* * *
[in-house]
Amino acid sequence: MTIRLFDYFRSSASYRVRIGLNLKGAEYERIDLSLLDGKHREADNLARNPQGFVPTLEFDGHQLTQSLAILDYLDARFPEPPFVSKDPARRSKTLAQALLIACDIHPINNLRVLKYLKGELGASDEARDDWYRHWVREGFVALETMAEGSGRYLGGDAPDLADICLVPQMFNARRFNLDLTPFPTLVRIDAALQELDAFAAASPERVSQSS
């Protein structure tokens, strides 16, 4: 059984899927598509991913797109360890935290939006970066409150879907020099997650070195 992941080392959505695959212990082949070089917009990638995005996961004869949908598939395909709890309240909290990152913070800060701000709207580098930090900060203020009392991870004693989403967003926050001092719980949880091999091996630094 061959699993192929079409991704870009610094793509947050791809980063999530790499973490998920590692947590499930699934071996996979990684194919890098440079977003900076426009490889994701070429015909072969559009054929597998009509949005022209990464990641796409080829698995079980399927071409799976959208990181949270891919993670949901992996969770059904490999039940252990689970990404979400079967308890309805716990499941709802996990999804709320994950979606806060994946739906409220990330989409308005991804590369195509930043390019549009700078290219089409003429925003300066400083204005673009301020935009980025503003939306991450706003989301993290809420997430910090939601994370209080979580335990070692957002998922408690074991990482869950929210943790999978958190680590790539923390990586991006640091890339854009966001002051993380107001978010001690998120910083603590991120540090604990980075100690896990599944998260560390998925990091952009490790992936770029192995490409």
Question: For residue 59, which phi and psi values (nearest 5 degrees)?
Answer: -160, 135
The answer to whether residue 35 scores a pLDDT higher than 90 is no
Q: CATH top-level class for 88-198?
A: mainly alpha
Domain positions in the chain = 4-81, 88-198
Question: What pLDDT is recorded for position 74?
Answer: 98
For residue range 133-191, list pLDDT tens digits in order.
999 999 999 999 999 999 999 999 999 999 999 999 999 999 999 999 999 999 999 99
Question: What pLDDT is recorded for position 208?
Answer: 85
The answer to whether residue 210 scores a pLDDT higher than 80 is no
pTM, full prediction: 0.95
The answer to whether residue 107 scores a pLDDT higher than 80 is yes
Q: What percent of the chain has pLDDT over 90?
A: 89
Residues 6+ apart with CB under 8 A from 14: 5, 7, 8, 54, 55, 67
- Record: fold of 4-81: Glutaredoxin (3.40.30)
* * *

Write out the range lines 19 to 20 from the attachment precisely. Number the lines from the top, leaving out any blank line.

Q: What percent of the chain has pLDDT over 90?
A: 89